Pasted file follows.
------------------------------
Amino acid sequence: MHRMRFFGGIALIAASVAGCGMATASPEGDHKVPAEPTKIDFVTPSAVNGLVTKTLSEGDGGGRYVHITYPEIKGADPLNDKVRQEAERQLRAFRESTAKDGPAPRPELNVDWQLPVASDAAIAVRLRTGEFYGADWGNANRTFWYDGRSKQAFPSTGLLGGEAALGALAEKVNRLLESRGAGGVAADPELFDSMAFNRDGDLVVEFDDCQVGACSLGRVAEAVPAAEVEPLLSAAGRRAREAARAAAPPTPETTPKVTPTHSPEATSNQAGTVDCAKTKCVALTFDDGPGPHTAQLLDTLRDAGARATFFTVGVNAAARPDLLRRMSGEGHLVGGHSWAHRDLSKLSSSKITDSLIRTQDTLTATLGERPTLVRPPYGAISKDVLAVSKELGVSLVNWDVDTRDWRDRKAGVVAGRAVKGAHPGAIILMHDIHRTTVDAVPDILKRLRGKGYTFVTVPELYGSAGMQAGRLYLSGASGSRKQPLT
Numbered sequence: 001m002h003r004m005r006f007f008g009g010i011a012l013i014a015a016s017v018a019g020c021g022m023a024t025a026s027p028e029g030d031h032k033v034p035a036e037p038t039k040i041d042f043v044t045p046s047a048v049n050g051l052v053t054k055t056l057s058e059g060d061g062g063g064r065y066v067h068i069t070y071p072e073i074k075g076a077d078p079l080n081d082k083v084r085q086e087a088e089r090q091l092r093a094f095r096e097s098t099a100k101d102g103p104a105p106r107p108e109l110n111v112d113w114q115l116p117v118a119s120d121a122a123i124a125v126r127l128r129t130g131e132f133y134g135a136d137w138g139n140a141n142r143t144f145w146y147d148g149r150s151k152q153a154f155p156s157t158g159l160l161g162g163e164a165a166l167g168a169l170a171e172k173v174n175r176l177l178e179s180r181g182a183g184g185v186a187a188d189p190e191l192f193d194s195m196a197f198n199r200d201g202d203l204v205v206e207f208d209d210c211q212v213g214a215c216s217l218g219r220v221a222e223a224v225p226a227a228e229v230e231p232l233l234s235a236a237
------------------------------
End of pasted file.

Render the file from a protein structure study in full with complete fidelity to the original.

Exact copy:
Amino acid sequence: MHRMRFFGGIALIAASVAGCGMATASPEGDHKVPAEPTKIDFVTPSAVNGLVTKTLSEGDGGGRYVHITYPEIKGADPLNDKVRQEAERQLRAFRESTAKDGPAPRPELNVDWQLPVASDAAIAVRLRTGEFYGADWGNANRTFWYDGRSKQAFPSTGLLGGEAALGALAEKVNRLLESRGAGGVAADPELFDSMAFNRDGDLVVEFDDCQVGACSLGRVAEAVPAAEVEPLLSAAGRRAREAARAAAPPTPETTPKVTPTHSPEATSNQAGTVDCAKTKCVALTFDDGPGPHTAQLLDTLRDAGARATFFTVGVNAAARPDLLRRMSGEGHLVGGHSWAHRDLSKLSSSKITDSLIRTQDTLTATLGERPTLVRPPYGAISKDVLAVSKELGVSLVNWDVDTRDWRDRKAGVVAGRAVKGAHPGAIILMHDIHRTTVDAVPDILKRLRGKGYTFVTVPELYGSAGMQAGRLYLSGASGSRKQPLT
Numbered sequence: 001m002h003r004m005r006f007f008g009g010i011a012l013i014a015a016s017v018a019g020c021g022m023a024t025a026s027p028e029g030d031h032k033v034p035a036e037p038t039k040i041d042f043v044t045p046s047a048v049n050g051l052v053t054k055t056l057s058e059g060d061g062g063g064r065y066v067h068i069t070y071p072e073i074k075g076a077d078p079l080n081d082k083v084r085q086e087a088e089r090q091l092r093a094f095r096e097s098t099a100k101d102g103p104a105p106r107p108e109l110n111v112d113w114q115l116p117v118a119s120d121a122a123i124a125v126r127l128r129t130g131e132f133y134g135a136d137w138g139n140a141n142r143t144f145w146y147d148g149r150s151k152q153a154f155p156s157t158g159l160l161g162g163e164a165a166l167g168a169l170a171e172k173v174n175r176l177l178e179s180r181g182a183g184g185v186a187a188d189p190e191l192f193d194s195m196a197f198n199r200d201g202d203l204v205v206e207f208d209d210c211q212v213g214a215c216s217l218g219r220v221a222e223a224v225p226a227a228e229v230e231p232l233l234s235a236a237